In general, researchers face two related issues: (1) how to represent image information, and (2) how to match the represented image with information in memory. These problems define a continuum of models. The more complex the image representation, the easier the recognition; the simpler the image representation, the harder the recognition. So, there is always going to be a tradeoff between detecting image features and recognizing objects. Biederman now proceeds to review three different object recognition models, each placed at different points along this continuum.
The first is the Lades et al. face recognition system. Input is a column of Gabor filters called a Gabor jet. "A column of these filters, each tuned to different orientation and scales but with a maximum responsiveness on the same region of the visual field is termed a Gabor jet. It roughly corresponds to the simple cells of a V1 hypercolumn." Image input is accomplished by a lattice of such filters. "A particular image results in activation of the different filters to various extents." Matching essentially involves similarity of Gabor jet representations --> match image lattice to stored set of lattices; best match produces the recognition label. This is a view based model, "becuase activation values are dependent on the specific view or aspect of the object." Related to this kind of model is the Poggio and Edelman radial basis function model.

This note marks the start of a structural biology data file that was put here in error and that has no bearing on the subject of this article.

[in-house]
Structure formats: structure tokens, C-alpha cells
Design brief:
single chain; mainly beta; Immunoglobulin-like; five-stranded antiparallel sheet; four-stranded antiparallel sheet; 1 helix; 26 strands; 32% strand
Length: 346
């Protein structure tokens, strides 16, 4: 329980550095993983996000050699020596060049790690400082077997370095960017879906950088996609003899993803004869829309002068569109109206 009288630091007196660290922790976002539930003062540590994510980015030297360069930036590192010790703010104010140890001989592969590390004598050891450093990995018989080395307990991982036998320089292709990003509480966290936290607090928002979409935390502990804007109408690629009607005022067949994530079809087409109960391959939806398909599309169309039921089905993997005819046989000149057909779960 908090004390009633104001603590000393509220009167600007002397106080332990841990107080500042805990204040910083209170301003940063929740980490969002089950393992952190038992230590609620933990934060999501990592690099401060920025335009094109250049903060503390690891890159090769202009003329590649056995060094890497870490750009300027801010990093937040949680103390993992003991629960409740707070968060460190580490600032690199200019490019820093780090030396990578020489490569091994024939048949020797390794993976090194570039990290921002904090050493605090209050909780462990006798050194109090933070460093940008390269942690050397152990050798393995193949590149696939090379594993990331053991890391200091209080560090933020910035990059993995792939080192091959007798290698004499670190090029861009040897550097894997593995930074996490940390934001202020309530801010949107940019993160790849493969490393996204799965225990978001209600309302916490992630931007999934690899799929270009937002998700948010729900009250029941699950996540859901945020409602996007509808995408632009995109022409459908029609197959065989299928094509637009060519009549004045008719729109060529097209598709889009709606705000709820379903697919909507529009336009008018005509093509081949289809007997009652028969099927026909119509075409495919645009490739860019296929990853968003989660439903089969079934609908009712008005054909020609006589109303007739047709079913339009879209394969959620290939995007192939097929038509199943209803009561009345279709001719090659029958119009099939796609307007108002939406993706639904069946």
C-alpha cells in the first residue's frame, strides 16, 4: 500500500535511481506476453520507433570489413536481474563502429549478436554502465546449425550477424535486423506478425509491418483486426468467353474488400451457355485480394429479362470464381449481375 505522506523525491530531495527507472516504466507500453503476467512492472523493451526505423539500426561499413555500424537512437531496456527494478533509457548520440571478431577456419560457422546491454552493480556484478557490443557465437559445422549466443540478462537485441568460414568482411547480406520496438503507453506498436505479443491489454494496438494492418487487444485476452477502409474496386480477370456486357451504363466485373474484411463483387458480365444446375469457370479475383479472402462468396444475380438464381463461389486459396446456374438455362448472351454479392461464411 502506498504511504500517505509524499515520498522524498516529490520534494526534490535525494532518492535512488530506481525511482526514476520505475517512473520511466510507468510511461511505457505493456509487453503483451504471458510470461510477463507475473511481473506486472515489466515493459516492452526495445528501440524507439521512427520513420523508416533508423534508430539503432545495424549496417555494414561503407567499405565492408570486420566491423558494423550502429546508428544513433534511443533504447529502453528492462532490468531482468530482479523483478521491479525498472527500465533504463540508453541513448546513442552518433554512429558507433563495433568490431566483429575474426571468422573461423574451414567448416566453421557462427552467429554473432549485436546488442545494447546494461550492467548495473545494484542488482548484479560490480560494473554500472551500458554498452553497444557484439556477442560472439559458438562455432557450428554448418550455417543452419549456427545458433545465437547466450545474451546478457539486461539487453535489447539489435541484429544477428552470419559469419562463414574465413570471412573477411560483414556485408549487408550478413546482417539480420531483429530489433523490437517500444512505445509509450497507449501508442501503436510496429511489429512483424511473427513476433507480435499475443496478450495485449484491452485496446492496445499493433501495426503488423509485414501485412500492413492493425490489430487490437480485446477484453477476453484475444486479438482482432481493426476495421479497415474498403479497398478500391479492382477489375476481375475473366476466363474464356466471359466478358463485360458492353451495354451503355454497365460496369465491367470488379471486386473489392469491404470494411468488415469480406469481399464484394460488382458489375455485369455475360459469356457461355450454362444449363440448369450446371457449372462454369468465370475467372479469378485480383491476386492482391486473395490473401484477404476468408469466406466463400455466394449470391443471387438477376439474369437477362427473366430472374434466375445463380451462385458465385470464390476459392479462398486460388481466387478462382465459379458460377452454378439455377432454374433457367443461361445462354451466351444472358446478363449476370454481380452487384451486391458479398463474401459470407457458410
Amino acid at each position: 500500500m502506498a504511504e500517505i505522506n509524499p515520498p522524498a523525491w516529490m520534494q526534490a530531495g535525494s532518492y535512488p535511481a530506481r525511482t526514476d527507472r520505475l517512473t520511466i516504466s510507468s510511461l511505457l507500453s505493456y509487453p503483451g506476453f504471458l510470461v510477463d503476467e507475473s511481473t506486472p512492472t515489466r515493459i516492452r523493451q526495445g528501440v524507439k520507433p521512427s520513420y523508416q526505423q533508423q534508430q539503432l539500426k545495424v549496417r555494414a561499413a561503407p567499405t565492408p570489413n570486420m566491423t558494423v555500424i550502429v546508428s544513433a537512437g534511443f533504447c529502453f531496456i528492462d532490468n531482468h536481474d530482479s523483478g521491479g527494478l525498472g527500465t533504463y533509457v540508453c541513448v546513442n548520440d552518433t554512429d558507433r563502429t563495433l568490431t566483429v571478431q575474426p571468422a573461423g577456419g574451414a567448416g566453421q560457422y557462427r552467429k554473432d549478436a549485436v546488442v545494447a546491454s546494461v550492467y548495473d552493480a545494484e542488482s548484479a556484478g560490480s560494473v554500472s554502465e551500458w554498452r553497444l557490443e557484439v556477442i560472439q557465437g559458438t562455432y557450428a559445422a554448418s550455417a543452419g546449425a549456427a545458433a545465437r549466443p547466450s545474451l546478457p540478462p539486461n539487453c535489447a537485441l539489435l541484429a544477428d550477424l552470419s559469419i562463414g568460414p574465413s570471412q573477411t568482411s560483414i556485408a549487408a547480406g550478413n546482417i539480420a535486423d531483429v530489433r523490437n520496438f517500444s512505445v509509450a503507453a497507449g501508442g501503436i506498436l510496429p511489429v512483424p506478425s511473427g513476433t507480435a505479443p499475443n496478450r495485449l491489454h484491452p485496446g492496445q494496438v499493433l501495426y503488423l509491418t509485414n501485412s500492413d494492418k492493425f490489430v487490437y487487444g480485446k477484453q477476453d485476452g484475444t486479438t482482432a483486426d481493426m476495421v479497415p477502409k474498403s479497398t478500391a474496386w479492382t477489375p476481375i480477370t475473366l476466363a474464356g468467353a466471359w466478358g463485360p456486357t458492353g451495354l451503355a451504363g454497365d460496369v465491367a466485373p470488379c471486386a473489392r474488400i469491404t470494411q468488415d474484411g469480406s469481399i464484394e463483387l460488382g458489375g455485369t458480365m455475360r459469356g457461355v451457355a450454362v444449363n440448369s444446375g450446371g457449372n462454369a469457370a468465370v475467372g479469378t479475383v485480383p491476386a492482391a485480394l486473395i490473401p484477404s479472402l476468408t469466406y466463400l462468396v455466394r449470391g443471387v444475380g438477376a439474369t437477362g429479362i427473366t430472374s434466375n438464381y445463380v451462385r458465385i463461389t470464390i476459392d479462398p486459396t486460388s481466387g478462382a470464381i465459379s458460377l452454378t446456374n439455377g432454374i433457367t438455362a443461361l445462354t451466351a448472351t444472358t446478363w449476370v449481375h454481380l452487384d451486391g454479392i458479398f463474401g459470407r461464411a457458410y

The second model reviewed by Biederman is Lowe's SCERPO model. "A number of theoriets have proposed schmes that reduce the degre of matching required by considering only those objects in memory that share certain features, which are initially extracted from the image, and only those poses of the object that are consisten with those features." Int his case, the input is matched to a stored 3D model. It basically works as follows -- 1) give it the image. 2) it detects edges. 3) it groups edges "according to the viewpoint-invariant properties of collinearity, parallelism, and cotermination." 4) a preliminary match between some of these features and stored models is attempted. 5) Preliminary matches are used to guide search for new features in a top-down fashion.
The last model Biederman considers is his own geon-based system. It "assumes that a given view of an object is represented as an arrangement of simple, viewpoint-invariant, volumetric primitives called geons." There are 24 of these primitives. "The geons have two particularly desirable properties: they canb be distinguished from each other from almost any viewpoint, and their identification is highly resistant to visual noise." Basic move is to segment the image into regions, and then represent each segmented region with a geon, which is similar in function to Marr's notion of a generalized cone.
"The set of geons is defined sot hat they can be differentiated on the basis of dichotomous or trichotomous contrasts of viewpoint-invariant properties to produce twenty-four types of geons." That is, each geon is defined by a set of binary and trinary feature values, where each feature is an invariant property that can be detected in an image. This measn that you can go from detected image features to specification of a geon. "Deriving the geons from contrasts in viewpoint-invariant properties renders the geons themselves largely invariant under changes in viewpoint."